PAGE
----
by Jonathan Sapir, managing director of WoodandBeyond.com Real wood is a versatile flooring material, which is the perfect backdrop to many interiors. Should you decide to venture in the direction of wood flooring, you will soon come across technical and industry buzzwords that may sound confusing at first. In this visual guide we aim to explain your options.
Solid and Engineered Natural Wood Floors There are two options when it comes to the floorboard construction. One made entirely of solid wood, while an alternative that is made from solid wood and artificial materials. Your first decision is choosing one type over the other, but don’t worry it is easier than it seems.
Solid Wood – Each floorboard is made from 100% natural hardwood. Species vary from the common European Oak to the exotic African Teak. Solid wood floors are suitable in most parts of your interior, with the one exclusion of wet or humid areas.
Engineered Wood – Each floorboard is made from 3mm to 6mm layer of natural hardwood. Underneath this layer you will find MDF, Plywood and softwood. The use of hardwood externally and artificial materials internally ensures that the floorboard retains the look of real wood. The big difference is that engineered wood can be fitted across the entire project, even in humid or wet areas such as the bathroom and kitchen.
Natural Wood Floors Grade The visual appearance of the floorboard is heavily influenced by the grade. Natural wood includes features such as Sapwood, Knots, grain markings and colour fluctuations. How many of these features are visibly present in the floorboard is measured and cataloged as grade. Grade has no bearing on quality, merely a visual indication.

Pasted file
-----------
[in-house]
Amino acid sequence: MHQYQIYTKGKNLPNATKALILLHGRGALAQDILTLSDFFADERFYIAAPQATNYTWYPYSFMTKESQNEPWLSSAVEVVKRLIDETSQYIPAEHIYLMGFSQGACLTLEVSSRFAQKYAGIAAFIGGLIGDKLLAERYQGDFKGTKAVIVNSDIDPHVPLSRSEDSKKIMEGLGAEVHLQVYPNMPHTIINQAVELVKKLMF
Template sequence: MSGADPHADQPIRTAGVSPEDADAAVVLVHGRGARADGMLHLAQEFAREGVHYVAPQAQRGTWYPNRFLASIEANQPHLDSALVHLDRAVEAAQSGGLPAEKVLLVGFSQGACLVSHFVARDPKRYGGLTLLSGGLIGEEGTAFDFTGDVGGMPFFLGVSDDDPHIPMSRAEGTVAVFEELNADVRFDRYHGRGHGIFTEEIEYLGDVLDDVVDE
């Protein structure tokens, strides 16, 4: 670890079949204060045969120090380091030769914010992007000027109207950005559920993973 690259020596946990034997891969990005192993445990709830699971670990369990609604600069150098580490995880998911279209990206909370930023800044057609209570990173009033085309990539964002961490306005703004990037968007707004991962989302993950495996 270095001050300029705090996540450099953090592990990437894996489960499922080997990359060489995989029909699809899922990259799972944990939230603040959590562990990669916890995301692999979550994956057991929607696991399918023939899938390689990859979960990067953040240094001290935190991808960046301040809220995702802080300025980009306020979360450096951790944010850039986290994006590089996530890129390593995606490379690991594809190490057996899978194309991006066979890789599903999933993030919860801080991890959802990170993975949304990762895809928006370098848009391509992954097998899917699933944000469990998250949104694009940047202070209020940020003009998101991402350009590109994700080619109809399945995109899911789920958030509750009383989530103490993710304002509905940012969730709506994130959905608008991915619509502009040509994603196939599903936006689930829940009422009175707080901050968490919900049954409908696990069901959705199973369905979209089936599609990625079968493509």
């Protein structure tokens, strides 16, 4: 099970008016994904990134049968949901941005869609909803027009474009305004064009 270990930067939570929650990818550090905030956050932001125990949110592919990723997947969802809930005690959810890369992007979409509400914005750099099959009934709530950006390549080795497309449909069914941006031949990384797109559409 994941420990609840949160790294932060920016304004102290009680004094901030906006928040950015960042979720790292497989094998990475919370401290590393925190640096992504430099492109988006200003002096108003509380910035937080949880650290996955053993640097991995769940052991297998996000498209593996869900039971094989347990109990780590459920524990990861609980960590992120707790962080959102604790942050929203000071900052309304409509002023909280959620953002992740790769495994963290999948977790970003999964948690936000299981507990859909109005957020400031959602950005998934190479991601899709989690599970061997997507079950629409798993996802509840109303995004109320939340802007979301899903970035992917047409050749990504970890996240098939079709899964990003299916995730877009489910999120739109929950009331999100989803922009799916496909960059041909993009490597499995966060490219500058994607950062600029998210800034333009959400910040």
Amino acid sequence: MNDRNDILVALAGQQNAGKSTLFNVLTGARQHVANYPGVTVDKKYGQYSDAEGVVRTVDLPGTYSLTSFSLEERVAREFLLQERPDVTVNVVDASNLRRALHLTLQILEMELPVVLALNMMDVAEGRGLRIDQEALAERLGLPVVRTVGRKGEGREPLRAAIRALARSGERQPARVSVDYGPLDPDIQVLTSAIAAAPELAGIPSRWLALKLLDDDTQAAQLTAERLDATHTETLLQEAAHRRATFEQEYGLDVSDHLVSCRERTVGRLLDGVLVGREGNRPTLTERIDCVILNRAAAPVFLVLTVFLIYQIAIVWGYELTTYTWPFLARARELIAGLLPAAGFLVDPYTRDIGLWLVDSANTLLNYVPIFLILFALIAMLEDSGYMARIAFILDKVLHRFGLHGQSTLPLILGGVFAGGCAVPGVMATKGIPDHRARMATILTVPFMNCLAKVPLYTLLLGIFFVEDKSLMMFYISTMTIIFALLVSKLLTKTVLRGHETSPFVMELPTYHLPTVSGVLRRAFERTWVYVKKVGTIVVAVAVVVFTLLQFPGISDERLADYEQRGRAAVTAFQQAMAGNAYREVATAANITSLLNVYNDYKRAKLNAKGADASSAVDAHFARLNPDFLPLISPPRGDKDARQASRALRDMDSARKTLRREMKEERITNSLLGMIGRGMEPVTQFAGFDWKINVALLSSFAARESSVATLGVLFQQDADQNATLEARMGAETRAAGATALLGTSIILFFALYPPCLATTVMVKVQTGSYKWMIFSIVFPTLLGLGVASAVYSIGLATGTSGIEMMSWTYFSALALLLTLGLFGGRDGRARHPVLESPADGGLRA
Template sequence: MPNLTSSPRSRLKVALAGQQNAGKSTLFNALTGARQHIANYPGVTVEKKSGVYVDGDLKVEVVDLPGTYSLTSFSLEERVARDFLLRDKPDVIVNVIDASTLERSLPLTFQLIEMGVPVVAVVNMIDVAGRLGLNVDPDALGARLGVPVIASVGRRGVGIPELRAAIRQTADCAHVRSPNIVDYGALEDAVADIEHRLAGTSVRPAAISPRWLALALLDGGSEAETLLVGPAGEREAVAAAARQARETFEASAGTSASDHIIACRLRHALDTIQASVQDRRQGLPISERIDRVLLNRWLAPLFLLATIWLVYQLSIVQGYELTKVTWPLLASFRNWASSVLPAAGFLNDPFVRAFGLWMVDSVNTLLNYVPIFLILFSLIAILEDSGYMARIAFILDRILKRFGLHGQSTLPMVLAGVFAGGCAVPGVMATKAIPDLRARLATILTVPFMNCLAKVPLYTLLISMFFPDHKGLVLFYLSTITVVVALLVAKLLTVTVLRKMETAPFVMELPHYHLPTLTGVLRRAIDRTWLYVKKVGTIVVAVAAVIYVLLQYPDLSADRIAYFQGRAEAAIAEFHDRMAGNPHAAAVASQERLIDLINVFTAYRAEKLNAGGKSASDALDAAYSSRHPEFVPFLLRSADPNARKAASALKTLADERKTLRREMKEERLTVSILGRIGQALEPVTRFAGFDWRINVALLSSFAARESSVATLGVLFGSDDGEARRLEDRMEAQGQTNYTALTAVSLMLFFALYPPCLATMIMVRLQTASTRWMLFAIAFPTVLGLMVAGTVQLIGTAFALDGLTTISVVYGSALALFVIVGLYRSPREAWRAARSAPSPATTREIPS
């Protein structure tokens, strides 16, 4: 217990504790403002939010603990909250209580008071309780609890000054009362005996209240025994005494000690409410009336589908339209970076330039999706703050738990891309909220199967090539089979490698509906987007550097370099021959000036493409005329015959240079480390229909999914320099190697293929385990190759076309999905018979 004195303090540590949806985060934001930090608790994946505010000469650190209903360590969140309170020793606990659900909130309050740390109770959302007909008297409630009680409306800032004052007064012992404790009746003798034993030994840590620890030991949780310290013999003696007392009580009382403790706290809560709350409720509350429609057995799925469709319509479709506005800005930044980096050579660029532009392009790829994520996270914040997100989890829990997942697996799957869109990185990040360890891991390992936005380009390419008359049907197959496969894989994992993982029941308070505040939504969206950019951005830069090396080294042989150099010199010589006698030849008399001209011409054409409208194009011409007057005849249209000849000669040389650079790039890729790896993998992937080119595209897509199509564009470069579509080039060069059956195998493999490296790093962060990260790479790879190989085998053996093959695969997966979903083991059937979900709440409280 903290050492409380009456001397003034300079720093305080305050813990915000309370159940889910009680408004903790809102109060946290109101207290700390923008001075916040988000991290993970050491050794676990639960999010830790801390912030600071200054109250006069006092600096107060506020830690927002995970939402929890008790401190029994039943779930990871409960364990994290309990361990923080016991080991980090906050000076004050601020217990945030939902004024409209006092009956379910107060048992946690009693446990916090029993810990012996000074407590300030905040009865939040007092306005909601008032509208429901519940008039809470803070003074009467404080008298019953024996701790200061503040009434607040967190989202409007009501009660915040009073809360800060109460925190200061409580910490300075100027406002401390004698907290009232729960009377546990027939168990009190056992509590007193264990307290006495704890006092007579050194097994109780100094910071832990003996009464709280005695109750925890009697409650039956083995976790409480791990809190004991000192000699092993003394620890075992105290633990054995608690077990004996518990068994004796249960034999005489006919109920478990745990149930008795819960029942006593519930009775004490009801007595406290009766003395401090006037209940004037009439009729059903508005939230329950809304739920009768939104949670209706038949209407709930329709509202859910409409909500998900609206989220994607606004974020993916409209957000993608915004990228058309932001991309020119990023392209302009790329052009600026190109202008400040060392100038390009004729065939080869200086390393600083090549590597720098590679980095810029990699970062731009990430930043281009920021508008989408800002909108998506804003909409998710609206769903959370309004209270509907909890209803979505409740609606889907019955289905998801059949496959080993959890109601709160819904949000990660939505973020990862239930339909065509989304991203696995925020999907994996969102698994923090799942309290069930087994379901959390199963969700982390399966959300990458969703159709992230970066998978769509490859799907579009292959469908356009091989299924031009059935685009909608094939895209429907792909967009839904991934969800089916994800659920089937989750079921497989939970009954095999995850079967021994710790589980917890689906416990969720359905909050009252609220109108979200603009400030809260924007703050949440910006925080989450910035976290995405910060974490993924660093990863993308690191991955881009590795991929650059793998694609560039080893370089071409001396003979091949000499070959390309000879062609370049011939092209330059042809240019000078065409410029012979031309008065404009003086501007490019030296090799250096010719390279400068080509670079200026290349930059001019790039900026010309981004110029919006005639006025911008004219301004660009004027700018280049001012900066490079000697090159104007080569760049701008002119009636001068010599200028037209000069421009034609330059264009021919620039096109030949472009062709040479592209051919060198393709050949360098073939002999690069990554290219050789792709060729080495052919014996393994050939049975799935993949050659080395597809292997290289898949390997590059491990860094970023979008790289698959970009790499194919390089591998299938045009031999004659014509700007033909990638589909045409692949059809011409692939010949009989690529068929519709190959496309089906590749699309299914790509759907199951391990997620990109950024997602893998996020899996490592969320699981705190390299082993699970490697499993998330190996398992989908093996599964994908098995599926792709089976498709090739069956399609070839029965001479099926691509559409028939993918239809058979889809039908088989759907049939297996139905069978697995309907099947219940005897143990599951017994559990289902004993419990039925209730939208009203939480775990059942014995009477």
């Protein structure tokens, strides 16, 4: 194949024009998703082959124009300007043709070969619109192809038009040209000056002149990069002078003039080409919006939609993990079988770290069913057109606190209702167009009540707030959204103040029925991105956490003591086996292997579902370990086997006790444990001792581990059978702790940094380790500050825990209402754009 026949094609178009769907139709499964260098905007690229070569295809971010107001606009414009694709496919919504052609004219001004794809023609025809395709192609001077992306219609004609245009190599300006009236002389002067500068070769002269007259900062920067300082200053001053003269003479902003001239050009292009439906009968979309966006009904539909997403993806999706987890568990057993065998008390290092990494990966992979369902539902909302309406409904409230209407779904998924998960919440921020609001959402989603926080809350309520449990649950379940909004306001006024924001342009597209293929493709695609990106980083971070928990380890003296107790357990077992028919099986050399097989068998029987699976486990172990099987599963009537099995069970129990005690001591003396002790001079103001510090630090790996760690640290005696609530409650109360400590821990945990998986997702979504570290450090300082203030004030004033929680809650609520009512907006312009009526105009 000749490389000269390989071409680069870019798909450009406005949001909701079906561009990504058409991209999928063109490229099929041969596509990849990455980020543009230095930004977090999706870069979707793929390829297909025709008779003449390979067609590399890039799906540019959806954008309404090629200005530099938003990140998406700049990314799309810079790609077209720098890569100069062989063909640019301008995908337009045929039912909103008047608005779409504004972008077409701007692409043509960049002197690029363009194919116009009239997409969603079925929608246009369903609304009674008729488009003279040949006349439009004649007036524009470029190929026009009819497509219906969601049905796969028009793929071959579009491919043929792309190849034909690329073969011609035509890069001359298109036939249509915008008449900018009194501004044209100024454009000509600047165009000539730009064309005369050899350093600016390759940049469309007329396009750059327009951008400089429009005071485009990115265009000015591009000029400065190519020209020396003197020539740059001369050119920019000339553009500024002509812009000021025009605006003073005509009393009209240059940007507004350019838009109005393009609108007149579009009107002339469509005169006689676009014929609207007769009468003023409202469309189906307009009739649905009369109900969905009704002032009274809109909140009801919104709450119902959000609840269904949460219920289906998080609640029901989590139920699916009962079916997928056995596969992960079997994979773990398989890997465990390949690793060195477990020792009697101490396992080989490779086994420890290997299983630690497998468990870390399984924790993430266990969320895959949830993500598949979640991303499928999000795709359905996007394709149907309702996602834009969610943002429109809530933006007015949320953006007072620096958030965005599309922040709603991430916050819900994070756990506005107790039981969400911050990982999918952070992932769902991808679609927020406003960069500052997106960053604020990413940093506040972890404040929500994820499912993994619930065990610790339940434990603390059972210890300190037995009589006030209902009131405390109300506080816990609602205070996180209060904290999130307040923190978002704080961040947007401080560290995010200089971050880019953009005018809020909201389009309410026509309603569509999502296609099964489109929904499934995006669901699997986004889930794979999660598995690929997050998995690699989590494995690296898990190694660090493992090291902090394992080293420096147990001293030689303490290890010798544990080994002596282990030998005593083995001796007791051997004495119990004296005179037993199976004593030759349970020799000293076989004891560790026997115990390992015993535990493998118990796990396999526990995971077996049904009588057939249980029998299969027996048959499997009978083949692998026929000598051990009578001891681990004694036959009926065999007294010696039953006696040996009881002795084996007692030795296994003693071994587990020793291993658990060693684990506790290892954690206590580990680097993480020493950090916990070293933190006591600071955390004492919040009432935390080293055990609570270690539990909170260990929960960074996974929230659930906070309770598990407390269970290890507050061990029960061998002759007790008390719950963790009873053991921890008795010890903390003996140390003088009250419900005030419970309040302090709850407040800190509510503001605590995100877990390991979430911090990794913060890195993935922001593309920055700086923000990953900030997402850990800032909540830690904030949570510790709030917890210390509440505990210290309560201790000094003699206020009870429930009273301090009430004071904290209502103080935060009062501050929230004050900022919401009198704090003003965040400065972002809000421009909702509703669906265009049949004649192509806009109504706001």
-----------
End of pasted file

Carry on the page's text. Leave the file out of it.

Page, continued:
Prime and Select Grades – These are the two premium grades in which the floorboards benefit from a uniform look. Sapwood and knots are minimal, while colour is persistent across the entire length of the board.
Natural and Rustic Grades – These are the two basic grades where sapwood and knots are randomly visible. Furthermore, colour fluctuations are to be expected and overall the abundance of these features makes the natural and rustic grades more affordable.
Natural Wood Floors Colours Natural hardwoods are available in shades of honey golden colour. The species of hardwood whether it is Oak, Walnut or any other hardwood will determine the precise shade. The problem is that golden honey isn’t suitable in every interior, which is why there are many colour techniques nowadays that can change the natural colour of wood. Here are a few examples.
White Wood Flooring – Perfect in making your interior appear bigger and brighter by spreading natural light around. Ideal for dark rooms that receive very little natural light.
Dark Wood Flooring – Perfect for making your floor the focal point by creating a contrast against white or off white fixtures. Can also enhance a rustic interior using bulky and chunky furniture.
Grey Wood Flooring – Perfect for creating sophisticated and modern interior and avoiding color clash against dark fixtures, which can happen in the case of dark wood flooring.
Natural Wood Floors Finish The very last consideration is your choice of finish. This refers to the clear chemical layer that is applied onto the floorboard. It is meant to offer basics protection from common causes of damage and comes in the form of oil or lacquer.
Oil Finish – Oil will often result in a matt finish. This can be enhanced by coating the floorboard in several coats of oil, or lessened by using only one coat.
Lacquered Finish - Lacquer will often result in a semi-gloss (satin) or glossy finish. Again it can be enhanced or lessened depending on the number of applications.
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